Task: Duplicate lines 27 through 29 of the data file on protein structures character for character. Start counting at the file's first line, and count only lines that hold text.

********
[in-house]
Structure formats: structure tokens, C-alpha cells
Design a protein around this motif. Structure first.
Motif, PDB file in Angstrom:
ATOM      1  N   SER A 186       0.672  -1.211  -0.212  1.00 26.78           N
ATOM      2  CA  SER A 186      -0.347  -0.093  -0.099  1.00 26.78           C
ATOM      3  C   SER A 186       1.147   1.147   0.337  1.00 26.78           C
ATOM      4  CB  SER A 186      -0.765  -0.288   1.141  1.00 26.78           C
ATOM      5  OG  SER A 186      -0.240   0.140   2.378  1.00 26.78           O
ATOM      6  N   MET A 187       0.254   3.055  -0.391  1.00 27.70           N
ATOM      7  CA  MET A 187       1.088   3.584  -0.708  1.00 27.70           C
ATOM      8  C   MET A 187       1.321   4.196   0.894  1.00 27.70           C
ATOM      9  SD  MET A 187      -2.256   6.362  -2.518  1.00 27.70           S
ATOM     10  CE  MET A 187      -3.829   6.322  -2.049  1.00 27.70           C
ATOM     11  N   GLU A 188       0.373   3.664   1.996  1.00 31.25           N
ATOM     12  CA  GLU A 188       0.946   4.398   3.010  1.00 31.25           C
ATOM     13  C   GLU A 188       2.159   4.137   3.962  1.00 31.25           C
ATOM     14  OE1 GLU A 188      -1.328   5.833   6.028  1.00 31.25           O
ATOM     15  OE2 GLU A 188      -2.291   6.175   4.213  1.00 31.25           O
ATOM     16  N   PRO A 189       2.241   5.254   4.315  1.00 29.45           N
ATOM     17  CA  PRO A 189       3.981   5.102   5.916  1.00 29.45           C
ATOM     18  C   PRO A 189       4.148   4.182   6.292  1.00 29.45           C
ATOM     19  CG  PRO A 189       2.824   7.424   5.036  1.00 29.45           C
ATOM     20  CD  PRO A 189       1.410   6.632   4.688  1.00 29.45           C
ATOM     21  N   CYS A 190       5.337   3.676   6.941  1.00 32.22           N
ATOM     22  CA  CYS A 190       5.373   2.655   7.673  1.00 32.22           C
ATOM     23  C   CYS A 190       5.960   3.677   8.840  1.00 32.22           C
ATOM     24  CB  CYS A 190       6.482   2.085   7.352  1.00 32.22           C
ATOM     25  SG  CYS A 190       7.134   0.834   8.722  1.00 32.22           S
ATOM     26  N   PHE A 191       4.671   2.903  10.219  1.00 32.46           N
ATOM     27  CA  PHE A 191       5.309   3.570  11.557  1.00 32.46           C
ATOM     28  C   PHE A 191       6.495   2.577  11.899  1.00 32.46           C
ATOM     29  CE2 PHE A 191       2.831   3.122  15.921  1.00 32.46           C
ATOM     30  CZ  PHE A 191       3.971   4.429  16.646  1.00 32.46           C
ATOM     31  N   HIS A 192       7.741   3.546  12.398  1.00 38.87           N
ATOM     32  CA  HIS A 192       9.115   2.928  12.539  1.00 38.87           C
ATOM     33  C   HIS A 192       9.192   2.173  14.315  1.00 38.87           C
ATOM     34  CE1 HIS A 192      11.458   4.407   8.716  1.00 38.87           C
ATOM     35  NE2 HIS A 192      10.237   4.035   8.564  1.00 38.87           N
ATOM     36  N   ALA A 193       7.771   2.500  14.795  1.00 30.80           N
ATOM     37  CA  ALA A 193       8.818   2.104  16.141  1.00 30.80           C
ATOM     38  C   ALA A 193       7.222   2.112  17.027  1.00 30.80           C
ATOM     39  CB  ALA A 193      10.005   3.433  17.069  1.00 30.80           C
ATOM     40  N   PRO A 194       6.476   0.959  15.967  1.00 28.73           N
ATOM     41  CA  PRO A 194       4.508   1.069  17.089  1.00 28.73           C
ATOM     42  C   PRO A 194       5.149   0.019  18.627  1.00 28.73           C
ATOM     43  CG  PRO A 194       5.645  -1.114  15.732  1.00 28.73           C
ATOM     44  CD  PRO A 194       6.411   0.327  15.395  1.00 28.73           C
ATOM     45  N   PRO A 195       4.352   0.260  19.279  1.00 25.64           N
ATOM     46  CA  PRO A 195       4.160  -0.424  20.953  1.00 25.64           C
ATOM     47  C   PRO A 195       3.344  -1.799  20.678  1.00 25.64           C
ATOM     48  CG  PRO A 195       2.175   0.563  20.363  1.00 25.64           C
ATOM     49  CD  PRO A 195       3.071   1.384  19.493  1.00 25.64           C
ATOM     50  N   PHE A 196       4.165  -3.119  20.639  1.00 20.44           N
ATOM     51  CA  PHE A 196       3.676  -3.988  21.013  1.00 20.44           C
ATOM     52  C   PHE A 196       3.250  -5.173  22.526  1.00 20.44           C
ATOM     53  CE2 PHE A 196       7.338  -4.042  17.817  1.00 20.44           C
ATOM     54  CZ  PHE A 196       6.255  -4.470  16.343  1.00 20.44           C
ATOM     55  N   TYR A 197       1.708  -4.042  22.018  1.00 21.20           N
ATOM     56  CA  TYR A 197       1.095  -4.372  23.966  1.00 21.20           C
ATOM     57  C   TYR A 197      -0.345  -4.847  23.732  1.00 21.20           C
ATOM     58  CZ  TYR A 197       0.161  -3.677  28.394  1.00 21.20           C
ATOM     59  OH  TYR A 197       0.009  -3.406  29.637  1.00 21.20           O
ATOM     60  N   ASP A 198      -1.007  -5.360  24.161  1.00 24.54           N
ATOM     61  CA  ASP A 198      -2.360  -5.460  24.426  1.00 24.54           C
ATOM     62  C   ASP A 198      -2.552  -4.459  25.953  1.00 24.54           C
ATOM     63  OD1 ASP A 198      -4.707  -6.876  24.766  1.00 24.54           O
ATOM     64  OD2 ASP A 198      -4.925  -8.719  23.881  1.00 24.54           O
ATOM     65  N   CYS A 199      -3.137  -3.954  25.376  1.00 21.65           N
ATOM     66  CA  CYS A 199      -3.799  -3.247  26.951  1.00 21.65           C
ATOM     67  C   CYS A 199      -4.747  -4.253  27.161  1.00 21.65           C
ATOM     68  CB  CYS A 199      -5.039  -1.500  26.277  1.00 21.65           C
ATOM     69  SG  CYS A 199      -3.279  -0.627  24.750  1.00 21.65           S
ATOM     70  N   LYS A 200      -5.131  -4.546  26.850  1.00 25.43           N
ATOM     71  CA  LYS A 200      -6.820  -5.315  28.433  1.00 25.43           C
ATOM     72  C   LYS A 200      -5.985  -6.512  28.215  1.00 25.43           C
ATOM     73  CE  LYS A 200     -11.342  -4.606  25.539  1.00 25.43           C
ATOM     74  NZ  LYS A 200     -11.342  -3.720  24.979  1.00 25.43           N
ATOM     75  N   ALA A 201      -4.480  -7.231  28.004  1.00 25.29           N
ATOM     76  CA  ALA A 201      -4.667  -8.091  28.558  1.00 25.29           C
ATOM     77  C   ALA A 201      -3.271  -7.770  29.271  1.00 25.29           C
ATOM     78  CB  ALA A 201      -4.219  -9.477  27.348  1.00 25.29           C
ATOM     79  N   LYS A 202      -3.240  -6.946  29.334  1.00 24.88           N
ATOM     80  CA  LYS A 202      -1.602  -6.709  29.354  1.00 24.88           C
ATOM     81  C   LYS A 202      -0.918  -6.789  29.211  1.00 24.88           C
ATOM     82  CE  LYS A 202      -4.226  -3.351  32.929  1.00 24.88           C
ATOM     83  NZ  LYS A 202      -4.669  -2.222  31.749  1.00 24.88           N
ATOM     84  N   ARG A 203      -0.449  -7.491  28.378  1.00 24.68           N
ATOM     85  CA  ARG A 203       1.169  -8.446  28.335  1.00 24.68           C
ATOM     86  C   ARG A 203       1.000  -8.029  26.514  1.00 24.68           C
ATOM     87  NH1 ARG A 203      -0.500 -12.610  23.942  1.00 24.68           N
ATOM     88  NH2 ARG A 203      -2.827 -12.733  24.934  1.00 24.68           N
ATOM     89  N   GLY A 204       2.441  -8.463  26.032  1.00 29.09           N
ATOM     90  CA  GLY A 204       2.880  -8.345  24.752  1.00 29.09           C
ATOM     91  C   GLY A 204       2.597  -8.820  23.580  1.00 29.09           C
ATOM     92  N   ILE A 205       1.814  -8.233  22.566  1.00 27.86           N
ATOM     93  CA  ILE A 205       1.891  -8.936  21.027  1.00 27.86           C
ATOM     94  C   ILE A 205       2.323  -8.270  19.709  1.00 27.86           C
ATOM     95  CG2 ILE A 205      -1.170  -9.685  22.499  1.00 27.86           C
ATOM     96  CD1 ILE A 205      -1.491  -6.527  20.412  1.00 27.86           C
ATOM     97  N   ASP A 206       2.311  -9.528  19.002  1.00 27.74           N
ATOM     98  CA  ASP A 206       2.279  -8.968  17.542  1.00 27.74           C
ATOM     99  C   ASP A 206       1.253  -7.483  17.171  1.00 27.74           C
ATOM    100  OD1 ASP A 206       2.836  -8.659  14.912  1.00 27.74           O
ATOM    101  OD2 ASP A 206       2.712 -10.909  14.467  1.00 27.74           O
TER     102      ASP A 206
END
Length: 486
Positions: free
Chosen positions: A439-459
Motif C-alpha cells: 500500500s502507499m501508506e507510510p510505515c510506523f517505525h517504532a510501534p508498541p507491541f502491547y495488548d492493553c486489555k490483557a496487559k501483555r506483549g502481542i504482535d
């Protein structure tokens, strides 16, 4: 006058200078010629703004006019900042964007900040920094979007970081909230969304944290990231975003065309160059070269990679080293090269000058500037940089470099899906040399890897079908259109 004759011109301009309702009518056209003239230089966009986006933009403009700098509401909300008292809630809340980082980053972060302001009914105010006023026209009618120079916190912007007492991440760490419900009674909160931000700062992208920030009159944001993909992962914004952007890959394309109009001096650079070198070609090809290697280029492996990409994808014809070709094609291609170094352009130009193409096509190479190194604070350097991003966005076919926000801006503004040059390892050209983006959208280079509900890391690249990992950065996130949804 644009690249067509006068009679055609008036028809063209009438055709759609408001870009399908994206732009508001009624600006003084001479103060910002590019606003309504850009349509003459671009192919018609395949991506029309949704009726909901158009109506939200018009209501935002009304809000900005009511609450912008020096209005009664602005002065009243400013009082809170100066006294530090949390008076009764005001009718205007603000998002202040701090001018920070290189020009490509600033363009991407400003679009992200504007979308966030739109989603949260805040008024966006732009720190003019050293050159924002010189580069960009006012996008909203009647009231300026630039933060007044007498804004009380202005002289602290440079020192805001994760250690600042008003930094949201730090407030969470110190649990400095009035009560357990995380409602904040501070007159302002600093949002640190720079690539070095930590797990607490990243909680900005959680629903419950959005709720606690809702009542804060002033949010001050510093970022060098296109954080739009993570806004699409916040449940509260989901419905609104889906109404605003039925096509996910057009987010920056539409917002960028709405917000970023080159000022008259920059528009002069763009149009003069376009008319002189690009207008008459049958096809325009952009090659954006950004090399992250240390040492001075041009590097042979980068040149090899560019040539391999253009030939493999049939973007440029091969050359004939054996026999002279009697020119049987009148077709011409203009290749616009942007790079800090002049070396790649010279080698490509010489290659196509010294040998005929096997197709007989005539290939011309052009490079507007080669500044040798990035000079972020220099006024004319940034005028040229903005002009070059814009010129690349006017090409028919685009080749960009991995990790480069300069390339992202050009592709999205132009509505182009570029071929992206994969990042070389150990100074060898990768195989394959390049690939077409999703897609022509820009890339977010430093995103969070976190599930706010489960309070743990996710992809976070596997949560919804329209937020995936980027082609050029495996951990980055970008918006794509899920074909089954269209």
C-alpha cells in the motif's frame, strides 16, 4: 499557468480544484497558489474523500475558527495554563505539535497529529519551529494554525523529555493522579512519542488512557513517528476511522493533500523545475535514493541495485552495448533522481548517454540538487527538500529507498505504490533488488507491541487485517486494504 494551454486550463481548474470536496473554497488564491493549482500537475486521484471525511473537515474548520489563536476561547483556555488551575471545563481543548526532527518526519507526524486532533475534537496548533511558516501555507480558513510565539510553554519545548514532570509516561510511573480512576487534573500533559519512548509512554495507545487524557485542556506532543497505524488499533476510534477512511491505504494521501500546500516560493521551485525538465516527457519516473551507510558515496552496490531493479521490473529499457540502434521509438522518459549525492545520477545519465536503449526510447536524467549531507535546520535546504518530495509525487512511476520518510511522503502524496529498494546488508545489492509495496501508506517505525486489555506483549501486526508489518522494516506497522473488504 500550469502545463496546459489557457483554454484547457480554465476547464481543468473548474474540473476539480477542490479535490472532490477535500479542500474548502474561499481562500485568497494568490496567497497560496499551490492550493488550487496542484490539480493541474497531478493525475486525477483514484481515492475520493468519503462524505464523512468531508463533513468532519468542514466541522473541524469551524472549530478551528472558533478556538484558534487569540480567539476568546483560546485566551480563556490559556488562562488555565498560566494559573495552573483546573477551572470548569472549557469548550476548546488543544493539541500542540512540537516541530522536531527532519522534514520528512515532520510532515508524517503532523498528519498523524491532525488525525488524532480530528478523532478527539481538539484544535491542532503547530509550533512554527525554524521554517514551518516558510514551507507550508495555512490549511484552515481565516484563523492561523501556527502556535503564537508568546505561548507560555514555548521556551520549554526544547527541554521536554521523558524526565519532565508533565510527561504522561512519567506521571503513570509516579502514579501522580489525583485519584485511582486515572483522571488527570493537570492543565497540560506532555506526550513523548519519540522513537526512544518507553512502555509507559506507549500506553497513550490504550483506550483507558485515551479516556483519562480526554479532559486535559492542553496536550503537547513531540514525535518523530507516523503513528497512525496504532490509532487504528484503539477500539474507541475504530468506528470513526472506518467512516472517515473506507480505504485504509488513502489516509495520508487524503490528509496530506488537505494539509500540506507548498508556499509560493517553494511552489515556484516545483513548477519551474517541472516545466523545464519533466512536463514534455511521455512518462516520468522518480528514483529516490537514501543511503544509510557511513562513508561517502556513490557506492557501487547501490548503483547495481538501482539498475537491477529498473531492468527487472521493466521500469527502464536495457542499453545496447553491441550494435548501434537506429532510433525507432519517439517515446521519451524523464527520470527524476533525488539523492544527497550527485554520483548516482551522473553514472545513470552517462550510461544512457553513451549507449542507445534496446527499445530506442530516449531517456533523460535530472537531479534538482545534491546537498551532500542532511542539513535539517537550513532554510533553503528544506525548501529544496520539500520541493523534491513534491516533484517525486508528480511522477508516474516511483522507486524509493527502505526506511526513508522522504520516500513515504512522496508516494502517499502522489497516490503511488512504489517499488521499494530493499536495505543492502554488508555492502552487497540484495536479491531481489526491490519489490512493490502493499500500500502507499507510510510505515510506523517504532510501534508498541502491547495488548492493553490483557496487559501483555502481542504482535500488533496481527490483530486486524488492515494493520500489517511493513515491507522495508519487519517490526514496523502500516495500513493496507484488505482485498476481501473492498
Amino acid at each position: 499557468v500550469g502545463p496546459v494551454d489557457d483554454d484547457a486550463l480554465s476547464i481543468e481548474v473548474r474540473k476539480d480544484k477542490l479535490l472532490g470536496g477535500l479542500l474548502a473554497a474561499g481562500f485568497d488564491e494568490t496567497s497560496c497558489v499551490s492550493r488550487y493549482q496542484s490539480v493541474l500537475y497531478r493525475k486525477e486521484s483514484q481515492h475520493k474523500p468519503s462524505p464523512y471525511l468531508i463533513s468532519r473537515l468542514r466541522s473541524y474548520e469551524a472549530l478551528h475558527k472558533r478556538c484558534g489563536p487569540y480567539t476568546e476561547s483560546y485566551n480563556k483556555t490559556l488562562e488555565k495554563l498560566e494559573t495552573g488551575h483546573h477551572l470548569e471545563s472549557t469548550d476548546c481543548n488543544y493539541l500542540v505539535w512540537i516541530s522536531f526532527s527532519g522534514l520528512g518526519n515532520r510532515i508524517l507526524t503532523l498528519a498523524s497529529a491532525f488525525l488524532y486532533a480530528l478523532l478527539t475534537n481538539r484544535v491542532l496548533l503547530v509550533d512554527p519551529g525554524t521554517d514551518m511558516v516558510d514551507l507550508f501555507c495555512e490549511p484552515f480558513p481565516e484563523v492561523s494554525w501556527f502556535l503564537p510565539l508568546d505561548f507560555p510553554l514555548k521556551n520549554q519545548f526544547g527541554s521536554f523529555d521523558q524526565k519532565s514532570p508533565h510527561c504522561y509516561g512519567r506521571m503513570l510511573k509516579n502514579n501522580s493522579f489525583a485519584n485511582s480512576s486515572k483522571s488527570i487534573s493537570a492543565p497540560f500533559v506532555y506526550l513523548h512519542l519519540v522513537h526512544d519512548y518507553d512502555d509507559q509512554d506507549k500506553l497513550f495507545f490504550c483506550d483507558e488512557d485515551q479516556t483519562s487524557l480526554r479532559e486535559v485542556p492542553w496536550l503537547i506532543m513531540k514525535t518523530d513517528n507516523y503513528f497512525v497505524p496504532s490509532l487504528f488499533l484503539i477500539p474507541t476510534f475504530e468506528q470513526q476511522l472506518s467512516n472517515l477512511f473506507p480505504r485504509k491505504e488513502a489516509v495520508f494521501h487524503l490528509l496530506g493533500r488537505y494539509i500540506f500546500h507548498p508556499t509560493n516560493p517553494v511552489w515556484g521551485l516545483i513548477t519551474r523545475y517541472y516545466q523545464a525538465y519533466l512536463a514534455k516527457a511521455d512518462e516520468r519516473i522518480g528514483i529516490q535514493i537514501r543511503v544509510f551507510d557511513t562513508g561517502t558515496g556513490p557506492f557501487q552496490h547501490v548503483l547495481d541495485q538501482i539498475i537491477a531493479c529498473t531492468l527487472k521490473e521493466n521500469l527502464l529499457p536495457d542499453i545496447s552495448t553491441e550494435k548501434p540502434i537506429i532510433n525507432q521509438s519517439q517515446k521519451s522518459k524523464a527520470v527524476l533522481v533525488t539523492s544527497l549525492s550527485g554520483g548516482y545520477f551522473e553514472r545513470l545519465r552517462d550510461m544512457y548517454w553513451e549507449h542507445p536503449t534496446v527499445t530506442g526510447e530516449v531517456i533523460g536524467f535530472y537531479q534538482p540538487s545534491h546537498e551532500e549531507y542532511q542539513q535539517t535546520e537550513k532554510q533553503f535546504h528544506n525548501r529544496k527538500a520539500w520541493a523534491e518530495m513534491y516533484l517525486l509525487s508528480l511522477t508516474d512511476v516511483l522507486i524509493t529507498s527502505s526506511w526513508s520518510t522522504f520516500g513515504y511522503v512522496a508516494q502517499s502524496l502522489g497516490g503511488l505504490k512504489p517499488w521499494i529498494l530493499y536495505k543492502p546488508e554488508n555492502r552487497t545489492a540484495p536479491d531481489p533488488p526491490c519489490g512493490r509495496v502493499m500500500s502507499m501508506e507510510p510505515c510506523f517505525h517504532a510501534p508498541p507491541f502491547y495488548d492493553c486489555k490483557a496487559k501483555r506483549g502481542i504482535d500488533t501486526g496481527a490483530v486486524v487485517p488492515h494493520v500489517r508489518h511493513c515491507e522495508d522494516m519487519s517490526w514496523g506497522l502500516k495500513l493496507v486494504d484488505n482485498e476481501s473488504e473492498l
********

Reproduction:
ATOM     23  C   CYS A 190       5.960   3.677   8.840  1.00 32.22           C
ATOM     24  CB  CYS A 190       6.482   2.085   7.352  1.00 32.22           C
ATOM     25  SG  CYS A 190       7.134   0.834   8.722  1.00 32.22           S